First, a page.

I've seen no one addressing some other holes in the official story that occurred in real time. They could have been whitewashed, or disinformation
from the very beginning. In any case, I'm going to list what I think are the three biggest "Read between the lines" indicators of a possible cover
1. There were initial reports of someone attempting to get out the back door and being shoved back inside the cabin. Do a search for "*U.S. Marshals
Service district chief Kurt Ellingson told CNN’s Brian Todd." to see for yourself the fringe occurrences of this report on the internet. This is
hearsay, and even worse, they backpedaled on that less than 45 minutes later. If you read between the lines, though, you'll see that evidence is
stacked a particular way. For one thing, the backpedaling by the reporting was ONLY to report that other "authorities" disagree with that ever
happening, but not to firmly assert that it didn't, nor to report that the district chief retracted it.
As if that wasn't vague enough, no one is cited to back up that fact, whereas there's a clear source for the initial report. Who disagrees with the
U.S. Marshals Service district chief? Why wouldn't they claim credit for having the more 'trustworthy' intel? Why didn't the district chief retract
It's this poster's opinion that the initial report is more likely to be factual, and the flimsy whitewashing afterward was damage control. There's far
more citation and "before we've all agreed on the story" aspect to the initial report, due to it having been reported by someone who is a bit more of
an outlier to the wall of blue, and much sooner than the counter-report.
The damage control may not have even come from the authorities, but from the news media itself! After all, when they don't cite their sources, one
could happily claim that "Authorities" could mean the persons paying you to inject propaganda and delete inconvenient facts from inside the news
company. This, however, just serves to illustrate how vague the counter-claim is, than any kind of attempt to explain it as being the case.
1a. If this in fact happened, then the cabin was nothing but a funeral pyre and any calls for him to surrender were intentional "signals" to those who
may have been inside the cabin that they were not going anywhere. This subtle communication may have been a ploy to incite suicide, but this runs in
opposition of the very real fact that not only was a fire started in the cabin, but that the cabin was also allowed to burn down.
2. The fire started from some time in 7:20 to 7:22 (7:20 is exactly when the assault started, and by 7:22 black smoke rising from the cabin was
reported from the CNN helicopter that was still close enough to the scene to see it.) and by the midnight briefing was still smoldering and
('authorities claim') too hot to enter.
The ambiguity of when the fire actually ceased, or when the fire fighters were allowed to begin to put it out concerns me, though they are reported to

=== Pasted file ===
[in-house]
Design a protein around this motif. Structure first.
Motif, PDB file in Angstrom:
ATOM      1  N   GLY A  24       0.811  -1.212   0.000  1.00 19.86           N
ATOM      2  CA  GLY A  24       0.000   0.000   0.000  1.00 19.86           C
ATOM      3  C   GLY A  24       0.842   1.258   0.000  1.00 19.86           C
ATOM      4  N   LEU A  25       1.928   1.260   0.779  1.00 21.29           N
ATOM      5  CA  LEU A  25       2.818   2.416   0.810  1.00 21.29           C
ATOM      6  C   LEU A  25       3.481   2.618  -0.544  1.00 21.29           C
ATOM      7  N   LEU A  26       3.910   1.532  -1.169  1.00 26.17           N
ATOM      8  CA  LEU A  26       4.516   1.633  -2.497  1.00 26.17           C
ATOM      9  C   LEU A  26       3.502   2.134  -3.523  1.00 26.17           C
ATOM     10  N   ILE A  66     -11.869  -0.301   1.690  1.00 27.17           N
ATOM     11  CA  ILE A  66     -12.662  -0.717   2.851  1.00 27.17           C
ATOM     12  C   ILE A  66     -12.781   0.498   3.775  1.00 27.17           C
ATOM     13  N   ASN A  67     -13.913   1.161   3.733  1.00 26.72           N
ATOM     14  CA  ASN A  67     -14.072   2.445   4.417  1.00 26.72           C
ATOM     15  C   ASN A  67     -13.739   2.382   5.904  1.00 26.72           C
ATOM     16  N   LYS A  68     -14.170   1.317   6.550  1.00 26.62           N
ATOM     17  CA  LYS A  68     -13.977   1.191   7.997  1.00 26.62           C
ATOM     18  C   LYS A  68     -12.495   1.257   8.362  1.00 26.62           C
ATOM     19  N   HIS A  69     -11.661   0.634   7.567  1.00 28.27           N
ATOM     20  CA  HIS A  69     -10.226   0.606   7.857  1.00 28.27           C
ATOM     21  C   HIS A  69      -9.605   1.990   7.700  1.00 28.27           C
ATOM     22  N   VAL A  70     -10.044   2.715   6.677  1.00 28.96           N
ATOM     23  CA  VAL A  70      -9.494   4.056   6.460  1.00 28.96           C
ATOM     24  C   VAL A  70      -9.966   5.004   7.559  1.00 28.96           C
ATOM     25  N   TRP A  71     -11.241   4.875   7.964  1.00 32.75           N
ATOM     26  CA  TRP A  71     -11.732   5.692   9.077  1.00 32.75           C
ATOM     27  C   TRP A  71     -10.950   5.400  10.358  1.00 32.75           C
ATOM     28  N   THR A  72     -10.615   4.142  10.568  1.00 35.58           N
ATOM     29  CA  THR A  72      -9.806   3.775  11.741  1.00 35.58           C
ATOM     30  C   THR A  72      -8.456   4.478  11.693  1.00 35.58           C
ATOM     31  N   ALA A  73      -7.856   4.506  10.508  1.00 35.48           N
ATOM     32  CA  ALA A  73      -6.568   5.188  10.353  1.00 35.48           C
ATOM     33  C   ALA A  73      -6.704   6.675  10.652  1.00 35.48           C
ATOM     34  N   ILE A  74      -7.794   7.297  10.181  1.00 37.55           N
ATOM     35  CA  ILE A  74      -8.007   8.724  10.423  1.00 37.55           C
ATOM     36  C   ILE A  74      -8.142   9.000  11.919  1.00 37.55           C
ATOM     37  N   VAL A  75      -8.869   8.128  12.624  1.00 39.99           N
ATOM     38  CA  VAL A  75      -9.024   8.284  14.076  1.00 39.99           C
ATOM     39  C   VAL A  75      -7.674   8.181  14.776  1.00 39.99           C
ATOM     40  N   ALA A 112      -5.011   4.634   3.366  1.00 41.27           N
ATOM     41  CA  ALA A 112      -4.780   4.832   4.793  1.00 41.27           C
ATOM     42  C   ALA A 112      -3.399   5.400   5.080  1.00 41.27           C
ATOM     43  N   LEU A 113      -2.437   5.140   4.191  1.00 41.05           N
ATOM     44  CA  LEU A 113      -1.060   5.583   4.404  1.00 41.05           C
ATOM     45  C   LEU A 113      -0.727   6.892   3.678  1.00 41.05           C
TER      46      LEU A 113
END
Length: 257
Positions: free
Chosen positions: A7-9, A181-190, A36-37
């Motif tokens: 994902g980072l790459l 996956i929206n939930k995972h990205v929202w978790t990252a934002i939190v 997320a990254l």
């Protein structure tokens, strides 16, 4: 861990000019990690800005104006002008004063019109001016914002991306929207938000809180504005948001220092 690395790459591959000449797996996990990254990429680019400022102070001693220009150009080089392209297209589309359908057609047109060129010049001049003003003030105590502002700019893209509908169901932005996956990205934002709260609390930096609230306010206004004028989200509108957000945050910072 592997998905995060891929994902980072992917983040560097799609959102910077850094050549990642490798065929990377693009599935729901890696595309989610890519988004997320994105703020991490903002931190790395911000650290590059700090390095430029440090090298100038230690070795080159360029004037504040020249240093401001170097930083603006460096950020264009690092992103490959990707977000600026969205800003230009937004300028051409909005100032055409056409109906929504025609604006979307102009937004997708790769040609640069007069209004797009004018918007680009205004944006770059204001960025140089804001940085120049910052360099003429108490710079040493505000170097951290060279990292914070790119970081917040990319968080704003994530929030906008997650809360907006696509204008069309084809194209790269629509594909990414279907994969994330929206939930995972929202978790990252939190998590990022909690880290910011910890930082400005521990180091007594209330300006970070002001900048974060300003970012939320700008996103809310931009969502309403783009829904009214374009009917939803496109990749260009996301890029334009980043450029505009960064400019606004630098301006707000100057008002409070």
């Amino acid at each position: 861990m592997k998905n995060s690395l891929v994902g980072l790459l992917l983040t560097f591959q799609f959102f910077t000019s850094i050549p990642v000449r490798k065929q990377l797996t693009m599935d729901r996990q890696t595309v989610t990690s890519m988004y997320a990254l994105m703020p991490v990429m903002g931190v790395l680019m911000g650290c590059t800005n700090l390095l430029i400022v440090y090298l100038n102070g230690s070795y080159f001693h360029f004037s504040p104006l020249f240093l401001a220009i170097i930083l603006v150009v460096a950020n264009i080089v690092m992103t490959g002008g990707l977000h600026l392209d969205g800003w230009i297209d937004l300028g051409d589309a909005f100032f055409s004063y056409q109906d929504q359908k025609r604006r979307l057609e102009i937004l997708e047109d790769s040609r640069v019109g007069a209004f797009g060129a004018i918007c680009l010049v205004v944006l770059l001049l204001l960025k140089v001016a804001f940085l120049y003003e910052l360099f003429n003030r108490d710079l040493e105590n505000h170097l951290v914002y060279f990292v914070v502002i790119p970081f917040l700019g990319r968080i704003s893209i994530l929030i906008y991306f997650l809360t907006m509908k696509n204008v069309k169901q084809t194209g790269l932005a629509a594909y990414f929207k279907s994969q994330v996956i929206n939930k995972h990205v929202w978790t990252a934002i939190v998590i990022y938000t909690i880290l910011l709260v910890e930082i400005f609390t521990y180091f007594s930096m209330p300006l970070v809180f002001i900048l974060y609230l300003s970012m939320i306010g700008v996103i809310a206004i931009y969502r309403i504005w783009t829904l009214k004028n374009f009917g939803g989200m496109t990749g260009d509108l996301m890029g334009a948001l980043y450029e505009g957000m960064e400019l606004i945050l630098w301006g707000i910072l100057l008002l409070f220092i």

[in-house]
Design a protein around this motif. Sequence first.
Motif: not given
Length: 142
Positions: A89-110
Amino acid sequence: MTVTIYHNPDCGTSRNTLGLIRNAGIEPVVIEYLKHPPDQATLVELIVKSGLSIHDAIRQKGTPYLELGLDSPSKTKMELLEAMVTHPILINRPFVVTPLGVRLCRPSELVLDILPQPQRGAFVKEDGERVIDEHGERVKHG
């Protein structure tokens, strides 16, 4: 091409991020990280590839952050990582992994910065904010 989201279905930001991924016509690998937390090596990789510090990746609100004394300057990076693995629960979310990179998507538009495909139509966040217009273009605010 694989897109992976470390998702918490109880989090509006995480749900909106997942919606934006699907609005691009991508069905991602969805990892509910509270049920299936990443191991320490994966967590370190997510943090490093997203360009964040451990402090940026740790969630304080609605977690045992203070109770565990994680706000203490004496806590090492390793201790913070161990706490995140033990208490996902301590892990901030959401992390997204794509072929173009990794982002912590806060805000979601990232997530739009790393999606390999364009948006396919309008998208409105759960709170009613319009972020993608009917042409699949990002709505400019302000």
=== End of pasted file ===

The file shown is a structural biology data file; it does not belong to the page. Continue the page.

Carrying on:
have begun clearing the road for fighters to arrive at 8:44, there's nothing to assert when the effort to put it out actually began. If we assume
instantaneous teleporting fire fighters, then by their own admission, they sat there and watched the cabin burn for at least 1 hour and 22 minutes
before even beginning the process of trying to put it out. Any assertions that the authorities did not intend to start the fire are simply misleading,
as it's quite possible to burn someone alive through inaction.
3. They had no idea who may have been in there. Perhaps they used a heat signature measurement device to ascertain that it really was only one person.
But, if that were true, would they not want to report that to come off looking at least a bit more respectable? No one ever reported the amount of
people inside the cabin, but only that they were not aware of anyone else being in there.
What they want us to believe is that the absence of evidence is the evidence of absence needed to watch a fire burn this cabin down, and that only in
the aftermath will the evidence of their suspicions out. Even if they internally know better, and they know that he was the only one in the cabin, and
that it was indeed the one they were looking for, and they neglected to tell us all of that, what purpose does it serve? In what looks like an effort
to not admit they intentionally burned a man alive, they admit to much more heinous possibilities of incompetence.
In summation, I can only say that these are just the problems I see with the reporting of the events, more than any kind of claim on my part of
knowing what really happened. I would be willing to bet that if I began to dip deeper into this, I would find more than I bargained for.
Where there's smoke, there's usually some kind of volatile chemical reaction.
edit on 14-2-2013 by OminousZ because: Grammatical edit:
"Starting from" -> "The fire started from"